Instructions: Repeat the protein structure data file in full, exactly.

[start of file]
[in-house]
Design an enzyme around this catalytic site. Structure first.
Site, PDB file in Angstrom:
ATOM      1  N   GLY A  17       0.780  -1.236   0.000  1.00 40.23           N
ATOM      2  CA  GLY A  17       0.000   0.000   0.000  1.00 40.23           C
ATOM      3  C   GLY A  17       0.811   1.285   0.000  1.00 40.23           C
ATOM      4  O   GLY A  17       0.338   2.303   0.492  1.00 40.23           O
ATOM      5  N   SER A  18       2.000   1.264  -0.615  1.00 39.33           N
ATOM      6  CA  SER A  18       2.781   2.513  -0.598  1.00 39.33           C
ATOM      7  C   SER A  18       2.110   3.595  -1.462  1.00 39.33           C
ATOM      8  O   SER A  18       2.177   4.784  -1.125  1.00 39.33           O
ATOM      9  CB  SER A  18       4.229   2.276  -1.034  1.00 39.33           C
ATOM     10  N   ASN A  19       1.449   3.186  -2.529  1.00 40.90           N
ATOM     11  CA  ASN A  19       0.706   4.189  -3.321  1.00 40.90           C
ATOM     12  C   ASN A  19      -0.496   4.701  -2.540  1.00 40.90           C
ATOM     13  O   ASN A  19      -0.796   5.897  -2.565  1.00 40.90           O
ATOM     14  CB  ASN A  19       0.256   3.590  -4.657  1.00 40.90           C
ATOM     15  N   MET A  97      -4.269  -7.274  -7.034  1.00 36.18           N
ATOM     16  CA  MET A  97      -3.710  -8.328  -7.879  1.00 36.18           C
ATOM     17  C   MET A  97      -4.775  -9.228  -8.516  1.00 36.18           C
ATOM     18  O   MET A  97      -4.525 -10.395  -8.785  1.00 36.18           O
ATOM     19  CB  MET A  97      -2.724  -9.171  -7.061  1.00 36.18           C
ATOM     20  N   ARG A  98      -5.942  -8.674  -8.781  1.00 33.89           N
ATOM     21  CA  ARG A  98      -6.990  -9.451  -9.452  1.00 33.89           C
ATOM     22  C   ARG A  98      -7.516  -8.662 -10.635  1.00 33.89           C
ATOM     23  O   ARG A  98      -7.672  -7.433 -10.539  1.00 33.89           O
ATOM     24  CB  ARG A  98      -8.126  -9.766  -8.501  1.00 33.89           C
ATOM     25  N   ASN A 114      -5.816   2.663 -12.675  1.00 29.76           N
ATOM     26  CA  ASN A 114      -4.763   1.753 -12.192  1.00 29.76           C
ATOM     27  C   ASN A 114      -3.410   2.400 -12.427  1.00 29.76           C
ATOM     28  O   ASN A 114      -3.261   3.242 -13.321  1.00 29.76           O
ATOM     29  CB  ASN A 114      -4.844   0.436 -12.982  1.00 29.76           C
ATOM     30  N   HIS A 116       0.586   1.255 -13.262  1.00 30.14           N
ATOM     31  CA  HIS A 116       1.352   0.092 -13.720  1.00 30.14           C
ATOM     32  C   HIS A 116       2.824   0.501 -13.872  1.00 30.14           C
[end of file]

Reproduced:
[in-house]
Design an enzyme around this catalytic site. Structure first.
Site, PDB file in Angstrom:
ATOM      1  N   GLY A  17       0.780  -1.236   0.000  1.00 40.23           N
ATOM      2  CA  GLY A  17       0.000   0.000   0.000  1.00 40.23           C
ATOM      3  C   GLY A  17       0.811   1.285   0.000  1.00 40.23           C
ATOM      4  O   GLY A  17       0.338   2.303   0.492  1.00 40.23           O
ATOM      5  N   SER A  18       2.000   1.264  -0.615  1.00 39.33           N
ATOM      6  CA  SER A  18       2.781   2.513  -0.598  1.00 39.33           C
ATOM      7  C   SER A  18       2.110   3.595  -1.462  1.00 39.33           C
ATOM      8  O   SER A  18       2.177   4.784  -1.125  1.00 39.33           O
ATOM      9  CB  SER A  18       4.229   2.276  -1.034  1.00 39.33           C
ATOM     10  N   ASN A  19       1.449   3.186  -2.529  1.00 40.90           N
ATOM     11  CA  ASN A  19       0.706   4.189  -3.321  1.00 40.90           C
ATOM     12  C   ASN A  19      -0.496   4.701  -2.540  1.00 40.90           C
ATOM     13  O   ASN A  19      -0.796   5.897  -2.565  1.00 40.90           O
ATOM     14  CB  ASN A  19       0.256   3.590  -4.657  1.00 40.90           C
ATOM     15  N   MET A  97      -4.269  -7.274  -7.034  1.00 36.18           N
ATOM     16  CA  MET A  97      -3.710  -8.328  -7.879  1.00 36.18           C
ATOM     17  C   MET A  97      -4.775  -9.228  -8.516  1.00 36.18           C
ATOM     18  O   MET A  97      -4.525 -10.395  -8.785  1.00 36.18           O
ATOM     19  CB  MET A  97      -2.724  -9.171  -7.061  1.00 36.18           C
ATOM     20  N   ARG A  98      -5.942  -8.674  -8.781  1.00 33.89           N
ATOM     21  CA  ARG A  98      -6.990  -9.451  -9.452  1.00 33.89           C
ATOM     22  C   ARG A  98      -7.516  -8.662 -10.635  1.00 33.89           C
ATOM     23  O   ARG A  98      -7.672  -7.433 -10.539  1.00 33.89           O
ATOM     24  CB  ARG A  98      -8.126  -9.766  -8.501  1.00 33.89           C
ATOM     25  N   ASN A 114      -5.816   2.663 -12.675  1.00 29.76           N
ATOM     26  CA  ASN A 114      -4.763   1.753 -12.192  1.00 29.76           C
ATOM     27  C   ASN A 114      -3.410   2.400 -12.427  1.00 29.76           C
ATOM     28  O   ASN A 114      -3.261   3.242 -13.321  1.00 29.76           O
ATOM     29  CB  ASN A 114      -4.844   0.436 -12.982  1.00 29.76           C
ATOM     30  N   HIS A 116       0.586   1.255 -13.262  1.00 30.14           N
ATOM     31  CA  HIS A 116       1.352   0.092 -13.720  1.00 30.14           C
ATOM     32  C   HIS A 116       2.824   0.501 -13.872  1.00 30.14           C